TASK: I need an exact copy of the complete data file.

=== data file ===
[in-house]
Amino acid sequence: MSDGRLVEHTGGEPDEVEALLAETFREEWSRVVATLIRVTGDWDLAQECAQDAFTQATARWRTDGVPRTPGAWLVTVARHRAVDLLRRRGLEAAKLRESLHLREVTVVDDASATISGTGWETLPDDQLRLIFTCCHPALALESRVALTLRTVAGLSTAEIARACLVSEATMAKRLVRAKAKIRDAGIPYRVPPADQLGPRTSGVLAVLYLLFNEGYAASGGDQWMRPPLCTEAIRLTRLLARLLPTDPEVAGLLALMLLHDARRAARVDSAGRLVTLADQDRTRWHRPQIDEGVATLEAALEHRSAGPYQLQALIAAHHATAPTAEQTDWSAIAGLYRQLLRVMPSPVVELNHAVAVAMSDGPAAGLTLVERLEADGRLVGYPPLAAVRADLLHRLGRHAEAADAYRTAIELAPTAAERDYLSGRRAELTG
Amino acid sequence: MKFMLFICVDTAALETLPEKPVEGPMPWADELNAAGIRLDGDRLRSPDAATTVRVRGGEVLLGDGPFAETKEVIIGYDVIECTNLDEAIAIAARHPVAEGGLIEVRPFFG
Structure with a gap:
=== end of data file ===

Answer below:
[in-house]
Amino acid sequence: MSDGRLVEHTGGEPDEVEALLAETFREEWSRVVATLIRVTGDWDLAQECAQDAFTQATARWRTDGVPRTPGAWLVTVARHRAVDLLRRRGLEAAKLRESLHLREVTVVDDASATISGTGWETLPDDQLRLIFTCCHPALALESRVALTLRTVAGLSTAEIARACLVSEATMAKRLVRAKAKIRDAGIPYRVPPADQLGPRTSGVLAVLYLLFNEGYAASGGDQWMRPPLCTEAIRLTRLLARLLPTDPEVAGLLALMLLHDARRAARVDSAGRLVTLADQDRTRWHRPQIDEGVATLEAALEHRSAGPYQLQALIAAHHATAPTAEQTDWSAIAGLYRQLLRVMPSPVVELNHAVAVAMSDGPAAGLTLVERLEADGRLVGYPPLAAVRADLLHRLGRHAEAADAYRTAIELAPTAAERDYLSGRRAELTG
Amino acid sequence: MKFMLFICVDTAALETLPEKPVEGPMPWADELNAAGIRLDGDRLRSPDAATTVRVRGGEVLLGDGPFAETKEVIIGYDVIECTNLDEAIAIAARHPVAEGGLIEVRPFFG
Structure with a gap: